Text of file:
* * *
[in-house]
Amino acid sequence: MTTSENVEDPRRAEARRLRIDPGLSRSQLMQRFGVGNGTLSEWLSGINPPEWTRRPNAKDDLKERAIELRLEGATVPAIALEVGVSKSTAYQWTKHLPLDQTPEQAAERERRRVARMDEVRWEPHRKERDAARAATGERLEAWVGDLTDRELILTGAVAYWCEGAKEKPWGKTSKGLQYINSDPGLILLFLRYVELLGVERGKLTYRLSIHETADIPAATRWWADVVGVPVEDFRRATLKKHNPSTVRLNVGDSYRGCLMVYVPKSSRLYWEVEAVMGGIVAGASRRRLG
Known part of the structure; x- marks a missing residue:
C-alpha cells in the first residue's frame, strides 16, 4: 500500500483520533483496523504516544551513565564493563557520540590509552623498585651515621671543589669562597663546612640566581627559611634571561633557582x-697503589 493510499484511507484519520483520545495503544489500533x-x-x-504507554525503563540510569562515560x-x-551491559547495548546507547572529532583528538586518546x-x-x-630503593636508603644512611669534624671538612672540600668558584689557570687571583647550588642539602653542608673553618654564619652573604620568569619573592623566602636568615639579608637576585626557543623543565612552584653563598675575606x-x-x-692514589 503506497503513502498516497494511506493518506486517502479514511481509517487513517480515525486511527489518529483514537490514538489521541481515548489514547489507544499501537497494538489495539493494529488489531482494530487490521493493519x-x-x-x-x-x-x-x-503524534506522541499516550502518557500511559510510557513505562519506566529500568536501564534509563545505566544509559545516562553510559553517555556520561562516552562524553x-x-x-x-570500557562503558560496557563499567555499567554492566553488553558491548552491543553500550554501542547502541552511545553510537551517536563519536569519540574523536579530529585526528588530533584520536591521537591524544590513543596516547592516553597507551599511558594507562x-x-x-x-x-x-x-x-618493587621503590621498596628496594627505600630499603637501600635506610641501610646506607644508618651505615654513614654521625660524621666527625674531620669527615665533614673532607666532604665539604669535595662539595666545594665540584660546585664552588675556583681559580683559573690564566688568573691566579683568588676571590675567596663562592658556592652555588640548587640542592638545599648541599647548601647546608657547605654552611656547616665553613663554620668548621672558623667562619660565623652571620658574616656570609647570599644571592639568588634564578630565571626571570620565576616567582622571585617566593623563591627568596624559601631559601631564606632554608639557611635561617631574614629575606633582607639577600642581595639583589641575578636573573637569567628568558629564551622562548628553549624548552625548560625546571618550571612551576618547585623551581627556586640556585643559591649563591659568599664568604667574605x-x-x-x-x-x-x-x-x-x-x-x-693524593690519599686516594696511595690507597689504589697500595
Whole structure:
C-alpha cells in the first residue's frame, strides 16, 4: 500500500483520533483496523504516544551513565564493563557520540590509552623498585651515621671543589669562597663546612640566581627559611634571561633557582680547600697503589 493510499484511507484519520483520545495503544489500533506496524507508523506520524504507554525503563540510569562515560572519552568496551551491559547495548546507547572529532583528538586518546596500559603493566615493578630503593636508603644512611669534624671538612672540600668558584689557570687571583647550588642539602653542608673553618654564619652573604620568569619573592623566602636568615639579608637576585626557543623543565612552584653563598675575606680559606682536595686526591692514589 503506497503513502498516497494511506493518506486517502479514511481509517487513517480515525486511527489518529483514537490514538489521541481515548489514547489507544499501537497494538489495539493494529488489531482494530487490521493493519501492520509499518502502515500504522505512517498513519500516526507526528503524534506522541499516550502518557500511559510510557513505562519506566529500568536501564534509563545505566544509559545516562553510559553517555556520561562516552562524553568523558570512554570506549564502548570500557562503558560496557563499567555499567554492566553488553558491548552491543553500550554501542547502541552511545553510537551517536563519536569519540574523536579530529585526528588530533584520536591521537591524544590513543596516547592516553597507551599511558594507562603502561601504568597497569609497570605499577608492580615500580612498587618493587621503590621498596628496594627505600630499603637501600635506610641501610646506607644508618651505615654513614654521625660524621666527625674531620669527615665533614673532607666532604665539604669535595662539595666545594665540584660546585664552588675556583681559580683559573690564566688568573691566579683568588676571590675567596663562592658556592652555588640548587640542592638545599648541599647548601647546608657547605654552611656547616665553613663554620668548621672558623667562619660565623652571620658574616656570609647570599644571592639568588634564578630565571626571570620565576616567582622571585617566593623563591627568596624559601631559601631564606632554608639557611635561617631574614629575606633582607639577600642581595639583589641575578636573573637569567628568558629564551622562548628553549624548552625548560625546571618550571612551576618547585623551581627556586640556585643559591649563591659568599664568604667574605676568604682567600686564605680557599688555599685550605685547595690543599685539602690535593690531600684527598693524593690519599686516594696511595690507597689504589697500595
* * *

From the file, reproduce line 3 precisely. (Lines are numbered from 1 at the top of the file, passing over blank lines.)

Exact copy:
Known part of the structure; x- marks a missing residue: